As I said earlier this week, I’ve been slightly obsessed with this notion of hiking the Appalachian Trail. It’s always been one of those secret, quiet goals that I know I can’t do — at least not at this point in my life — but I love the idea of it. I like the thought of setting out to simply walk the land for a long way, seeing nature as it is, and achieving a very long-term goal.
So while books and YouTube videos on the subject help to sate this inner desire, I’ve also considered what games might fill that void. Most RPGs operate on hub-and-spoke questing systems where you’re never really that far away from “civilization,” nor do you go on massively long treks from point A to B through the wild. But are there games like this?
The very first that comes to mind is The Trail, a title that came out several years back that is simply a walking simulator that throws in some collection, questing, and crafting along the way. It’s got great music and a serene pace, although I’ve never been that much in love with how the fussy inventory works here.
Survival games are a good field from which to explore, although they don’t tend to emphasize a journey so much as just “roaming around until you get enough stuff not to die so you can go roam around in the next zone.” The Long Dark is probably the closest to an A to B journey through the wild that I’ve encountered. I did like it and would want to go back to it at some point for another shot.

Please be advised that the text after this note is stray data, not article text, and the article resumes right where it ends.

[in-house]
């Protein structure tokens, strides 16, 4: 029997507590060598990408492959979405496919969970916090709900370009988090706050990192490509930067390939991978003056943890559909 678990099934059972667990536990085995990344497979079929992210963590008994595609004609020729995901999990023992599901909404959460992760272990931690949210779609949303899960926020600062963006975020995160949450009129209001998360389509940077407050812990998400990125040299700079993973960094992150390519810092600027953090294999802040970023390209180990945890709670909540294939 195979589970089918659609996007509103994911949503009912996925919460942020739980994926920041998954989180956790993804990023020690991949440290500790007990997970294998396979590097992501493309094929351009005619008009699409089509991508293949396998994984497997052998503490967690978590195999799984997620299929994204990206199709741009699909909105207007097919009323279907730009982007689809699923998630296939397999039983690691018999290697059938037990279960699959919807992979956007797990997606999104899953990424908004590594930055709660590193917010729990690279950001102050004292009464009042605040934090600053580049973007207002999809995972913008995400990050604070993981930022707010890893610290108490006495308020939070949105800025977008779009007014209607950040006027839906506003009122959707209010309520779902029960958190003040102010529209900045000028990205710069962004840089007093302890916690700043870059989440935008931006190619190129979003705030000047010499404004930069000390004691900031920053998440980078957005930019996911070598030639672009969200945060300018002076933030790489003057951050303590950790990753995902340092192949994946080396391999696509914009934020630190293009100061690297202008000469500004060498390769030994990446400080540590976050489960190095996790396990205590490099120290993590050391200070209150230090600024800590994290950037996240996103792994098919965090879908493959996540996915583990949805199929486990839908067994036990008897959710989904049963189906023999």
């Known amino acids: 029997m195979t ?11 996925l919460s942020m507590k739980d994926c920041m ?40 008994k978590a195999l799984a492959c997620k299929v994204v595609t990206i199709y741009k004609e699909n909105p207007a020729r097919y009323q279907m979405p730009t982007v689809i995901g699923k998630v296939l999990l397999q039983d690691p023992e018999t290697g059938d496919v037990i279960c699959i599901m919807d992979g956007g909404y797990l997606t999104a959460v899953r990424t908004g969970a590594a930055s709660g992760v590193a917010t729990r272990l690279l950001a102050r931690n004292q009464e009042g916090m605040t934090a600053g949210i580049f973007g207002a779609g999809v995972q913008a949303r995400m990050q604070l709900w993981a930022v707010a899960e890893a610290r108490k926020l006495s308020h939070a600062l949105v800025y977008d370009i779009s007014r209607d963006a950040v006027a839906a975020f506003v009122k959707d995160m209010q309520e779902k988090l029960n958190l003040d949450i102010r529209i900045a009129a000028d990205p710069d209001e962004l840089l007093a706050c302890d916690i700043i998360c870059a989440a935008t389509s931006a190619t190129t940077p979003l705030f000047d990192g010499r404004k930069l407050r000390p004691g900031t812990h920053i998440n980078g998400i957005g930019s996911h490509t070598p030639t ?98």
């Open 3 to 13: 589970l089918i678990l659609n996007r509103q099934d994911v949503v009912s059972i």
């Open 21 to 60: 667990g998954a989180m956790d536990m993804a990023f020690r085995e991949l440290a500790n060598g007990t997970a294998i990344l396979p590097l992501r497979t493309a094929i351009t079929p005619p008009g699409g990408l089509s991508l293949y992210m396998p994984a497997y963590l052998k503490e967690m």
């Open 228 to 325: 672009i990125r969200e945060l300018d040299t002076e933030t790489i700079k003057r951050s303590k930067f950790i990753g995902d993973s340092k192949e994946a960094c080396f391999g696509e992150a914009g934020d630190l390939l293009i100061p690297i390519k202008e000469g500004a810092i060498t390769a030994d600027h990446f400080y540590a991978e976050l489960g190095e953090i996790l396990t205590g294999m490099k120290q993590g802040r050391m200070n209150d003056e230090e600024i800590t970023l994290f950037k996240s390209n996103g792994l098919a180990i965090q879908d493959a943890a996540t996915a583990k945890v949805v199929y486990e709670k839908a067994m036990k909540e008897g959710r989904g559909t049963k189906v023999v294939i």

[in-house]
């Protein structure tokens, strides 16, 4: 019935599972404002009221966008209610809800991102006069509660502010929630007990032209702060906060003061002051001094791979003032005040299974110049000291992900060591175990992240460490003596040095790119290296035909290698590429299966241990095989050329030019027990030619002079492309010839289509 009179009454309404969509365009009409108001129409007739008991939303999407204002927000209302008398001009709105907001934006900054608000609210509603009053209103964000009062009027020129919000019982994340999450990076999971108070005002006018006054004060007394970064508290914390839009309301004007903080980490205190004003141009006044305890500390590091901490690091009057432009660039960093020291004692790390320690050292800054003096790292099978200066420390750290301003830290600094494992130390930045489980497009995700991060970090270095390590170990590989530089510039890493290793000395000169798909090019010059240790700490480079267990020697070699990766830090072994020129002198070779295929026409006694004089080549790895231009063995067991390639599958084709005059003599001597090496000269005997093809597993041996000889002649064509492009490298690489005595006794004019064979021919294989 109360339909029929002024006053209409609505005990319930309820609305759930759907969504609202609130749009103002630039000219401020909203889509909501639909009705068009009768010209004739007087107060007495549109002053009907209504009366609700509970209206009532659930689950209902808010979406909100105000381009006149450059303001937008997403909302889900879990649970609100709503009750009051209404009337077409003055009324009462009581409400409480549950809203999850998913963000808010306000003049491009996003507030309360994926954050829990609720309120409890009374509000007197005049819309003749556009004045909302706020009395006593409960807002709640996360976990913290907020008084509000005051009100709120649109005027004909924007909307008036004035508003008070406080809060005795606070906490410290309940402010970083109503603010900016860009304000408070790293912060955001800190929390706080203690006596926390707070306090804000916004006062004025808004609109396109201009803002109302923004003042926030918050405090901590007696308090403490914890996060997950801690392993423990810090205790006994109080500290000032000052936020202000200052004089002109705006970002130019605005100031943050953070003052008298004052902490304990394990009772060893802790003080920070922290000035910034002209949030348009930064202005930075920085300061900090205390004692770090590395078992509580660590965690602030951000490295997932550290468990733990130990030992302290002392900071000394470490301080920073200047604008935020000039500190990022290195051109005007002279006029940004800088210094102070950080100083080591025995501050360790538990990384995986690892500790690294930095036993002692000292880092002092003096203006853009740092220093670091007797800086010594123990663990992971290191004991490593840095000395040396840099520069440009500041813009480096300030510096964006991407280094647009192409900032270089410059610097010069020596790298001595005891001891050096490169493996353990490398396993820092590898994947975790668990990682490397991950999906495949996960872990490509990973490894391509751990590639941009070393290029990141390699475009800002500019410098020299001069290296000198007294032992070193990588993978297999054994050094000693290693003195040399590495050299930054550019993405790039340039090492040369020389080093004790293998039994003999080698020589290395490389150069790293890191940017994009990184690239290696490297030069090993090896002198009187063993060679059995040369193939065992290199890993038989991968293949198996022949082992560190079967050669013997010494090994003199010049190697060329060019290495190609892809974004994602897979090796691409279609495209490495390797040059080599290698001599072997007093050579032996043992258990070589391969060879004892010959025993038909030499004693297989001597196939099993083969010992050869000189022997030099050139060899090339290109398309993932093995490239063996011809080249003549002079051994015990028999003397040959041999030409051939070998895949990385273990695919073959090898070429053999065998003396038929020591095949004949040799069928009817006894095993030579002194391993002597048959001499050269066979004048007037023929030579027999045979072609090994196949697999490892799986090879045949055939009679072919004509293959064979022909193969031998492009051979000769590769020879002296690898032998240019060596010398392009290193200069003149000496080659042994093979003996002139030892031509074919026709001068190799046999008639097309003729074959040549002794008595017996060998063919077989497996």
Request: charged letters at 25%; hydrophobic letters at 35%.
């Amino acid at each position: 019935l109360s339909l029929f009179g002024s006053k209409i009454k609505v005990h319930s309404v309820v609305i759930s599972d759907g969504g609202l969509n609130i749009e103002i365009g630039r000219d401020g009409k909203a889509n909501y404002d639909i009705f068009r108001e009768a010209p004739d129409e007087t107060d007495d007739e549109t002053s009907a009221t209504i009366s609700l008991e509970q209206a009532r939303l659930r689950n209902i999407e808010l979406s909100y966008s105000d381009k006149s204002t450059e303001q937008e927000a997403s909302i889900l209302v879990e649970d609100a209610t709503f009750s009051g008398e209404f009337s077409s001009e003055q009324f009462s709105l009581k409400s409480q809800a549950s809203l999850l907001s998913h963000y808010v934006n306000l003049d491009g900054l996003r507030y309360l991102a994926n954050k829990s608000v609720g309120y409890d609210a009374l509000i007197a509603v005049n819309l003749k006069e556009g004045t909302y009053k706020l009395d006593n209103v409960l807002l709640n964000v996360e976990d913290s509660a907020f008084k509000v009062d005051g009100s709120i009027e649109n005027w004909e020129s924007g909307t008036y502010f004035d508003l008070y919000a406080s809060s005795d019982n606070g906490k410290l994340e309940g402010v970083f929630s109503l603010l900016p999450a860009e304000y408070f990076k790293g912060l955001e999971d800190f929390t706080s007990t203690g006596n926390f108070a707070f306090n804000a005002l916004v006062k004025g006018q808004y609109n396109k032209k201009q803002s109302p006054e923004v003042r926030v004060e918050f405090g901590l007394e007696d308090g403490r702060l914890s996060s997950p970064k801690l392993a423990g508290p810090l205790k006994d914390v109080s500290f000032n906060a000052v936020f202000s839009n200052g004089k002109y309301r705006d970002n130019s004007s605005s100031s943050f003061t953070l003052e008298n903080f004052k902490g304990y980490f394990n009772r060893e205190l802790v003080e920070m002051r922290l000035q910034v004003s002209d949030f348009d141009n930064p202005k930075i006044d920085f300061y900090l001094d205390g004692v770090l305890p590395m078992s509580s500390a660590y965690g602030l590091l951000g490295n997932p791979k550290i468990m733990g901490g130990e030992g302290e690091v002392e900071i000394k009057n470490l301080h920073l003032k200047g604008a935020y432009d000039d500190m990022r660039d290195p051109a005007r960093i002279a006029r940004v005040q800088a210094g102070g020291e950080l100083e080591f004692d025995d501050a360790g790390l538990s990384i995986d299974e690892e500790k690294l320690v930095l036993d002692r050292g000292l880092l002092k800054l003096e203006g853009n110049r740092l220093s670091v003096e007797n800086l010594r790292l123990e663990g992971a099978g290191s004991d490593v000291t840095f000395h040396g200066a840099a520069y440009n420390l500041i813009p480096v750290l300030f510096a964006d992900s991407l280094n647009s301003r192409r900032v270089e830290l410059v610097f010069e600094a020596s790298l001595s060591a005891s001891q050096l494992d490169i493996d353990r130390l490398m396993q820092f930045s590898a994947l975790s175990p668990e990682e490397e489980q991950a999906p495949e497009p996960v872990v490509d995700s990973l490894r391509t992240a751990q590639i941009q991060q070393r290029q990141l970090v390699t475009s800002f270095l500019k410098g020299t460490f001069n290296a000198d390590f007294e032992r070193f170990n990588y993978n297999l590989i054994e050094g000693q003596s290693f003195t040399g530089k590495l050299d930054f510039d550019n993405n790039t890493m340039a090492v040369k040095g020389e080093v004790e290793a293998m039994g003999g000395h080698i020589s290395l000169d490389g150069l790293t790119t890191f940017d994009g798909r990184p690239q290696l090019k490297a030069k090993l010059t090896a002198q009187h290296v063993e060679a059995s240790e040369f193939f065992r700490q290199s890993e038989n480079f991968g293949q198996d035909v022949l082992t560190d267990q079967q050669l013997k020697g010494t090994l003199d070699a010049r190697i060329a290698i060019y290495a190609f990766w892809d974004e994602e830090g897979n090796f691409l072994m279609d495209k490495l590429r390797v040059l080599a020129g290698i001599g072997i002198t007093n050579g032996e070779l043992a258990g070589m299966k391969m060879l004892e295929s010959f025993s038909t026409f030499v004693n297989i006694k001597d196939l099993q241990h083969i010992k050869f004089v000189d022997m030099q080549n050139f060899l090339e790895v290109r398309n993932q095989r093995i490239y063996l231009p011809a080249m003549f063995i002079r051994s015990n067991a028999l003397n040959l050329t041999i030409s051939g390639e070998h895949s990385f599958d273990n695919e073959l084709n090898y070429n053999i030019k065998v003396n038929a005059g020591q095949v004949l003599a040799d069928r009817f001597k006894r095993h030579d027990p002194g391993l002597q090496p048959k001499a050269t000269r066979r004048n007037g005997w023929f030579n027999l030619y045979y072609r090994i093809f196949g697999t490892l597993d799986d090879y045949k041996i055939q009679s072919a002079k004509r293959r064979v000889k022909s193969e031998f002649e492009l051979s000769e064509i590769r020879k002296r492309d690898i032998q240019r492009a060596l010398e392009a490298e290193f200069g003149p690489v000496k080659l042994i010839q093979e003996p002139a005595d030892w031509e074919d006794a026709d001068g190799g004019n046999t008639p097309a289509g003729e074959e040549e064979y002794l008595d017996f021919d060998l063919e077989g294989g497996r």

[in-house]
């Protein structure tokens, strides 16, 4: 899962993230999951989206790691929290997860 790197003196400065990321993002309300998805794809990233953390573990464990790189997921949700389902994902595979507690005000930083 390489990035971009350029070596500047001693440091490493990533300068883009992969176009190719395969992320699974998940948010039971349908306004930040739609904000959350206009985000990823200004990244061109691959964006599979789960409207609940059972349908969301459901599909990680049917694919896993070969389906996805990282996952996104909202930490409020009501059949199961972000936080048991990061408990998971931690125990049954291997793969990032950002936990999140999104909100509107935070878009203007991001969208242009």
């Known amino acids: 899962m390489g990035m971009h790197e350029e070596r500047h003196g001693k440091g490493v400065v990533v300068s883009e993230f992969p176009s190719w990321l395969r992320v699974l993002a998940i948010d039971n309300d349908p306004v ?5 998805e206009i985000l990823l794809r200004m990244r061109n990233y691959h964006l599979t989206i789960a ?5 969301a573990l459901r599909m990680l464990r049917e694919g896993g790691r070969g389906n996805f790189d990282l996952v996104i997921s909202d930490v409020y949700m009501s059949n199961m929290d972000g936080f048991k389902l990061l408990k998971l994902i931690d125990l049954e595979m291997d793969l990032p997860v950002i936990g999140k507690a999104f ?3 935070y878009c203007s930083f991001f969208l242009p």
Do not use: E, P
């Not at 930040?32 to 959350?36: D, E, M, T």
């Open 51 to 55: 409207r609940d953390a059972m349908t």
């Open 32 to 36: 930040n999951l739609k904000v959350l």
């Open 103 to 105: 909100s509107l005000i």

Firewatch definitely gets a lot of the feel of being out in nature and being alone as you scuttle over and around the environment, although its journeys are almost always loops that lead right back to a starting place. But I loved the beginning when you hike into this remote outpost and then explore around it.
There’s a web-based Appalachian Trail game called Thru-Hiker’s Journey, but it’s more Oregon Trail than visuals and personal exploration and experience.
I posed this question to friends on Twitter and got a few additional responses, including Lord of the Rings Online, Valheim, Ghost Recon: Wildlands, Oregon Trail, Eidolon, Outward, Eastshade, and A Short Hike. What would you say?